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High Risk Baby Siblings Research Consortium
In 1997, before their 2006 merger with Autism Speaks, Inc., the National Alliance for Autism Research (NAAR) began funding baby sibling research in a collaborative effort with the National Institute of Child Health & Human Development (NICHD).1-2 The partnership aimed to “identify behavioral and biological markers for autism and eventually enable clinicians to make a more definitive diagnosis earlier than ever before.”2 This initial research eventually evolved into the High Risk Baby Siblings Research Consortium (BSRC). The High Risk Baby Siblings Research Consortium was established in 2003 as a voluntary network of researchers studying various populations of children at risk for ASD.3 Children who are siblings of individuals with autism are classified as high-risk due to an increased likelihood of recurrence of ASD. Determining the risk of sibling recurrence will bring science closer to shedding light on how genetic and environmental factors interact to cause ASD. The importance of conducting research that focuses on the recurrence of autism in siblings cannot be understated. Through this collaborative effort across many research sites, the BSRC “is discovering the earliest signs of ASD, its early risk factors, and new methods for early diagnosis.”4 The BSRC focuses on a variety of collaborative projects designed to investigate infants at risk for ASD by using a variety of methods, including behavioral and neurobiological measures.5
Past Accomplishments of the Baby Siblings Research Consortium (BSRC)
Since its inception, the BSRC has expanded to include multiple research groups consisting of 25 accomplished scientists, which represent 21 research institutions in the United States, Canada, Israel, and the United Kingdom.6 Over the years the BSRC has enrolled over 2,500 high risk infants and 1,500 low risk siblings for the BSRC database, which contains longitudinal data collected from 20 individual research sites.5 One of the earlier initiatives directed by the BSRC was the formation of the Gene Environment Contributions to Risk for Autism (GECRA) initiative. As described in the 2008 BSRC annual report, the GECRA initiative conducted a two-day meeting with presentations on immunology, mitochondrial disorders, epigenetics, environmental toxicology, and genetics, amongst other issues.7 According to the 2008 BSRC Annual Report7, the following projects were proposed after the two-day meeting between the primary investigators of the BSRC and other collaborators:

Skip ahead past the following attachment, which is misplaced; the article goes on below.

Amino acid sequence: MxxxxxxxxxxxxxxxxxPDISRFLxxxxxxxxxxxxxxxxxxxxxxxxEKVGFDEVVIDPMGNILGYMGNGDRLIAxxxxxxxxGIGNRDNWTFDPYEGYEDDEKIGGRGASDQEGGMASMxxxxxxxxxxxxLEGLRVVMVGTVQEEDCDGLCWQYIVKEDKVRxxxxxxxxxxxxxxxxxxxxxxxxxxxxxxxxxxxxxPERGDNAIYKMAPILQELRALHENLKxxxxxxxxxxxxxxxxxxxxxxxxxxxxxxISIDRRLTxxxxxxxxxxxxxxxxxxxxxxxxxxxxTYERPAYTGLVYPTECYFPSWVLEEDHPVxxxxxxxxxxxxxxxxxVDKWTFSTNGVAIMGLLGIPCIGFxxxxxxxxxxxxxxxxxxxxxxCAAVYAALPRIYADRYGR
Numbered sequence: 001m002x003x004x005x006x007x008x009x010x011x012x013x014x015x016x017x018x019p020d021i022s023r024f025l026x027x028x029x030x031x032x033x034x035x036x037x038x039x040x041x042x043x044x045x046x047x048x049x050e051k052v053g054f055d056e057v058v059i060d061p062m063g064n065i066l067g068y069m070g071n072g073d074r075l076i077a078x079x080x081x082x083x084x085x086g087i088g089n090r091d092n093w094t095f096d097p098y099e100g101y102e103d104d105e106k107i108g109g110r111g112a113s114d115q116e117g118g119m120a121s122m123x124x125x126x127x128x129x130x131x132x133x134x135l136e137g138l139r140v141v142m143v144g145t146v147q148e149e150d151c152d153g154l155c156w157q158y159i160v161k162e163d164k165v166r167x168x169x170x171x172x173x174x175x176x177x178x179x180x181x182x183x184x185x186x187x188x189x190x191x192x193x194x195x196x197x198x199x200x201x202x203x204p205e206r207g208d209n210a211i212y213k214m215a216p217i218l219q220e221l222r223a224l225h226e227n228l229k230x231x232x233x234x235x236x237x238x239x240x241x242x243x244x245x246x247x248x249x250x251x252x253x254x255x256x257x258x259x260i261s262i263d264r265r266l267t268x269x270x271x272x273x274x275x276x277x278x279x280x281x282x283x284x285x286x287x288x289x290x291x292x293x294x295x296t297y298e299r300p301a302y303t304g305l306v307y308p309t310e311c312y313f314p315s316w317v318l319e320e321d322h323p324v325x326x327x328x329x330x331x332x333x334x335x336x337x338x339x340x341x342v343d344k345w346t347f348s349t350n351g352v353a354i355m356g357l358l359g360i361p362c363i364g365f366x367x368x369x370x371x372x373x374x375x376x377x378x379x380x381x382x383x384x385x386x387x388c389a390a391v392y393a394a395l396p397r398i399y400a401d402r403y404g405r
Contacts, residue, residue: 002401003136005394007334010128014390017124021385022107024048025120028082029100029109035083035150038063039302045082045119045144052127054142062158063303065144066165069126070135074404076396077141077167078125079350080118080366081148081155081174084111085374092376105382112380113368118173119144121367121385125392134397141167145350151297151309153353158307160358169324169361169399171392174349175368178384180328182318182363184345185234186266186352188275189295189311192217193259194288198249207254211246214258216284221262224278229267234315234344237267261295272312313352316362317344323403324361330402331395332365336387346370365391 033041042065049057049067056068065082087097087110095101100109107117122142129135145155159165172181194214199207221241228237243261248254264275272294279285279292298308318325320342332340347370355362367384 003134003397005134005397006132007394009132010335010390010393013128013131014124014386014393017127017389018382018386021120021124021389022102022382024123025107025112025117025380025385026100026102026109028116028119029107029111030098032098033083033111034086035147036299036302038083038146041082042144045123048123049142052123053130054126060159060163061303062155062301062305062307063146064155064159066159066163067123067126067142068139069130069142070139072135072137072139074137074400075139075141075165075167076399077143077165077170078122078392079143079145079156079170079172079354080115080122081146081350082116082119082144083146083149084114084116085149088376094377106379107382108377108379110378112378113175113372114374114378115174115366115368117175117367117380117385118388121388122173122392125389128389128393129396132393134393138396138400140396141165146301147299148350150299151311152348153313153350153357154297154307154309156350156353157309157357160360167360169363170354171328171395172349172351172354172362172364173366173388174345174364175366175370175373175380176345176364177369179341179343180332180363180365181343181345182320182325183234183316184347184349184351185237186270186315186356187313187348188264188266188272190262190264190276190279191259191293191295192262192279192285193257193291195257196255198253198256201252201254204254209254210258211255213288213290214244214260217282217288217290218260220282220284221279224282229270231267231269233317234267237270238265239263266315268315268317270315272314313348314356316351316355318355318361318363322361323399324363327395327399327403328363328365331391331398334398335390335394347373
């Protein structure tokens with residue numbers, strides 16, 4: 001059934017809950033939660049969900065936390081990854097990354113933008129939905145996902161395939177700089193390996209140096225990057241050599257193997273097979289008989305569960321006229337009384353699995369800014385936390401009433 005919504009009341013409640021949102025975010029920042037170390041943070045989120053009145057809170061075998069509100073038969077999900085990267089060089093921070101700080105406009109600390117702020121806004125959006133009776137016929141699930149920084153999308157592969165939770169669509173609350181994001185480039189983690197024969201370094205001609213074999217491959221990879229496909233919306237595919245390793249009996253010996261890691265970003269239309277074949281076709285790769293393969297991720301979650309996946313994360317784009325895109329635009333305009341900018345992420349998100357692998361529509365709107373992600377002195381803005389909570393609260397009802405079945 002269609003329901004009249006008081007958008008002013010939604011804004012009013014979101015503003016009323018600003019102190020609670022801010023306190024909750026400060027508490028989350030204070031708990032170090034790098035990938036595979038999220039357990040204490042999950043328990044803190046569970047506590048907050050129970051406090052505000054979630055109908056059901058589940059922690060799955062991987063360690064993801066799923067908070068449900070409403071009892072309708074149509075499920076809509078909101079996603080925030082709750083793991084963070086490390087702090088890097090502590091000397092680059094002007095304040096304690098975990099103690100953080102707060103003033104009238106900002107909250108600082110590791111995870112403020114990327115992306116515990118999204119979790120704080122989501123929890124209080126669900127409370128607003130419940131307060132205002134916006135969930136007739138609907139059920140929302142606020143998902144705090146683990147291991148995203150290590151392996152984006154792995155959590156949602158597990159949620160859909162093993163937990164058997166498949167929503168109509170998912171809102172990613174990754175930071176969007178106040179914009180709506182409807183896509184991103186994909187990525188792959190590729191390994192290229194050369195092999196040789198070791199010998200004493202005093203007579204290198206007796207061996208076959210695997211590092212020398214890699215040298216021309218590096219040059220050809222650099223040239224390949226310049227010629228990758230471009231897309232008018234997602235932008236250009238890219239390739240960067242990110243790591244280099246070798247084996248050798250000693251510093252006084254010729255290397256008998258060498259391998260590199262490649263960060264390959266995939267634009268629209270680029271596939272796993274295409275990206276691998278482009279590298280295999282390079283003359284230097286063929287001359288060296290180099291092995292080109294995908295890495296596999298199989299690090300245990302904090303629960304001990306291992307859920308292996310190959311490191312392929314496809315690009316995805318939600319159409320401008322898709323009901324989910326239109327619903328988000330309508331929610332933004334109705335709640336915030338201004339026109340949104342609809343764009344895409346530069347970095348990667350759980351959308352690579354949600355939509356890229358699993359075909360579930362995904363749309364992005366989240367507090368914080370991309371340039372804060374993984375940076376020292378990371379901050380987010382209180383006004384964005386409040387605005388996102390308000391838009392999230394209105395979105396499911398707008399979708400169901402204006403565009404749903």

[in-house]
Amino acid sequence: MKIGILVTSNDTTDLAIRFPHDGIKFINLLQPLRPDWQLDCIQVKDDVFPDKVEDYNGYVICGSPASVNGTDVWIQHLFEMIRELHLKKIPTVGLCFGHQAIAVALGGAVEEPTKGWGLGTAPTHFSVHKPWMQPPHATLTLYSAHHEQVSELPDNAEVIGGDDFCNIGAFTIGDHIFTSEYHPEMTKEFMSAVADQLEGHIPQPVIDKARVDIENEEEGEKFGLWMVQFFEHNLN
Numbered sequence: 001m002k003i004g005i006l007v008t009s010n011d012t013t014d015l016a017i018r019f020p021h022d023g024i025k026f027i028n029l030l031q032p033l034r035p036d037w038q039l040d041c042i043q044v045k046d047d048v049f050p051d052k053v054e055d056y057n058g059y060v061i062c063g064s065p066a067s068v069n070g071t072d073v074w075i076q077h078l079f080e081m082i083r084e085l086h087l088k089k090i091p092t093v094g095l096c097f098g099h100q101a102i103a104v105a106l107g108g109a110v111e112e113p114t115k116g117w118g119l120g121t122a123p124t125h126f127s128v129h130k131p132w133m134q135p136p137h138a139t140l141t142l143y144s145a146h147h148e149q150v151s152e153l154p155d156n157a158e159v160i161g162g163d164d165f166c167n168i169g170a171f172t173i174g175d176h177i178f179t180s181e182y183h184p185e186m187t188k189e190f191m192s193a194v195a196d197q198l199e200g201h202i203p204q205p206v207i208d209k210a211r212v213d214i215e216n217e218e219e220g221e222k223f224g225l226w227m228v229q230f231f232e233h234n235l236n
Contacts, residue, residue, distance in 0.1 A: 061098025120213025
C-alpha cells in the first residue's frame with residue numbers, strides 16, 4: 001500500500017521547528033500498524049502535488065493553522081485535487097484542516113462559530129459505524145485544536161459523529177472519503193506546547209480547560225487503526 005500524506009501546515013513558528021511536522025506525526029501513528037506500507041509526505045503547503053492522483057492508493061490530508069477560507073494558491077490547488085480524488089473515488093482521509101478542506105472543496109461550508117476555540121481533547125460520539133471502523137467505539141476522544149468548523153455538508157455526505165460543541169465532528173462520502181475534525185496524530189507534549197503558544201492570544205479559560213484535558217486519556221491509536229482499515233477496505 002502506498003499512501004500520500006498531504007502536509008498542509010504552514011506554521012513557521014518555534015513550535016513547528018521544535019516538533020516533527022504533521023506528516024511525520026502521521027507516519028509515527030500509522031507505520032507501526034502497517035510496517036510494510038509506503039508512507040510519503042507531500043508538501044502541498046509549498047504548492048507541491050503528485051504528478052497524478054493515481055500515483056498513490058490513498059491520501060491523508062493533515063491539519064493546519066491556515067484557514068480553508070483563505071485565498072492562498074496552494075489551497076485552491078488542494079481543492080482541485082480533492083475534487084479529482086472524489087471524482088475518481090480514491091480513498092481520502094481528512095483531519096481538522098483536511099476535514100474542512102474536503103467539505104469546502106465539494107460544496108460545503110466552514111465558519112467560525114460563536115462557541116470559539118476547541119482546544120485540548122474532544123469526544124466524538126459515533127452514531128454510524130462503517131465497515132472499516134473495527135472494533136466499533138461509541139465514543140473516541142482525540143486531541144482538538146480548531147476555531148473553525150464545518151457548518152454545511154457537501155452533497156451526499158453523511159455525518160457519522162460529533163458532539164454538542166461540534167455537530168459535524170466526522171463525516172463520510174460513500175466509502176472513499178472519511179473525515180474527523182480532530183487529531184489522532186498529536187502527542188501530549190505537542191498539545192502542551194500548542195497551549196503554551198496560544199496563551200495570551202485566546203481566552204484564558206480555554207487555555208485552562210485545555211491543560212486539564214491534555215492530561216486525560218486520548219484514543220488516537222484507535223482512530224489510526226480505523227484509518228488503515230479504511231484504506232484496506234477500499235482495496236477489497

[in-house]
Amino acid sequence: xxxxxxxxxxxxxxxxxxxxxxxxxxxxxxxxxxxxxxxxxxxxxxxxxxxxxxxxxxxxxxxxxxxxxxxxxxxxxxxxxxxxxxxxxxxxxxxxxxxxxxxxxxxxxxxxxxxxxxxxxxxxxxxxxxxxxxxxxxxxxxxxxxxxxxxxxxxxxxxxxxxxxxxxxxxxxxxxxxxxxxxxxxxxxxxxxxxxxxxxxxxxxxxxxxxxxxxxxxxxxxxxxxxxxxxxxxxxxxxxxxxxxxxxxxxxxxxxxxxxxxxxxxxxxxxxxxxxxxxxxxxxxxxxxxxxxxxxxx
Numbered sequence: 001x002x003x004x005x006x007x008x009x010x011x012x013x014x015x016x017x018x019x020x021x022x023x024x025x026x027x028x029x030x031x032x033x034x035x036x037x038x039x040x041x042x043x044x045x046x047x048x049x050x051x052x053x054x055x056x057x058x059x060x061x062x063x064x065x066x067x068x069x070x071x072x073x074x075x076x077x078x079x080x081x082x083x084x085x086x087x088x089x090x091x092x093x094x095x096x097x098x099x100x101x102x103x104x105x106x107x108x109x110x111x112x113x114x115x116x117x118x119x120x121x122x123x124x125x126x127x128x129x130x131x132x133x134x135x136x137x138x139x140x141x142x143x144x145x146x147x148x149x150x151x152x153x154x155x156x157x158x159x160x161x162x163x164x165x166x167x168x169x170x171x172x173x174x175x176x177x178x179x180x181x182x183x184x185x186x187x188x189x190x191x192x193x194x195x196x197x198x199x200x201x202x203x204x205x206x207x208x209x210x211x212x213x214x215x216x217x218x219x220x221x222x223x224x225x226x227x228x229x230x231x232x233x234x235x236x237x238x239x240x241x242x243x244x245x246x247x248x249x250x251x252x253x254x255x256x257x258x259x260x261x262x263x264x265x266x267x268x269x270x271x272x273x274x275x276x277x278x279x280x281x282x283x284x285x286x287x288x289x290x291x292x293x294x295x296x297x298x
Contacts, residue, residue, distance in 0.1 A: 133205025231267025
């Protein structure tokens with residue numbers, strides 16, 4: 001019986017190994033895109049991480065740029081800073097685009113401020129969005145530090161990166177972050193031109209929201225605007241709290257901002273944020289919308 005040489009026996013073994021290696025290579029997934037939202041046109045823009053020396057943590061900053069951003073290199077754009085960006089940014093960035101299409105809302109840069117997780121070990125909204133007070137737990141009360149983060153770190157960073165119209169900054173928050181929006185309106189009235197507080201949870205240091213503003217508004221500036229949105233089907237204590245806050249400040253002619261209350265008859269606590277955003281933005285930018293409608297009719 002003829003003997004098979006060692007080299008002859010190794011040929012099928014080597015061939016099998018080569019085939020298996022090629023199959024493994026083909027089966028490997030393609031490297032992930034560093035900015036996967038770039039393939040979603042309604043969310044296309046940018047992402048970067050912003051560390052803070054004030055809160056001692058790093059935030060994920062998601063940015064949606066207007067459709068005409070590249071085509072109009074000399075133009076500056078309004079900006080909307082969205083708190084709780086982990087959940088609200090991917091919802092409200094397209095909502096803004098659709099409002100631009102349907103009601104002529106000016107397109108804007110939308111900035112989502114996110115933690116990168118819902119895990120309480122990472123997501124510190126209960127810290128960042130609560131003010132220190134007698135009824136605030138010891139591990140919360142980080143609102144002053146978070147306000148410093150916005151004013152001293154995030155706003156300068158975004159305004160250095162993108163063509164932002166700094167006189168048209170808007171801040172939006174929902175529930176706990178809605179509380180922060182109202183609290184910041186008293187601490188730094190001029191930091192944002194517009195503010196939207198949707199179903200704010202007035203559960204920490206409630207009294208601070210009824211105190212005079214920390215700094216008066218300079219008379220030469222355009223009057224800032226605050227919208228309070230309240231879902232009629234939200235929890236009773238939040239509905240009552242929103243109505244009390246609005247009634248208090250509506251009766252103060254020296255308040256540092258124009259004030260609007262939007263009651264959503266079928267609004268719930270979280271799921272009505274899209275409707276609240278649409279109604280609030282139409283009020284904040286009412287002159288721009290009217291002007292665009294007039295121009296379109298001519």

- Collection and banking of DNA samples
- Screening for mitochondrial mutations and diseases
- Investigation of vaccination rates and association with diagnostic outcomes
- Pre- and peri-natal factors associated with ASD
A feasibility report was generated at the end of the year to address possible sample sizes, logistical issues, and budget scenarios based on interested participating sites.7 Although the GECRA project failed to receive funding after review in 20098, it did serve as a stepping stone for the development of the BSRC Biorepository.5 The Treatment Toddler Network is another project associated with the BSRC. The Toddler Treatment Network began in 2006 and supports a consortium of research sites studying behavioral interventions that are applicable for children younger than 18 months.9 The Toddler Treatment Network includes several members of the BSRC. According to the 2009 BSRC Annual Report8, the long term goals of the network are to:
- Improve measurement tools regarding outcomes for toddlers and their families
- Define or identify the best practices for designing and implementing parent-delivered interventions
- Improve research designs and analytic approaches for early intervention studies
- Facilitate young researchers to develop productive programs of high quality treatment research
- Disseminate evidence of efficacy of early intervention with toddlers
The network members discussed their publicized and un-publicized findings at the 2011 International Meeting for Autism Research.5 For more information regarding the past findings and future plans of the network, please visit our Toddler Treatment Network page.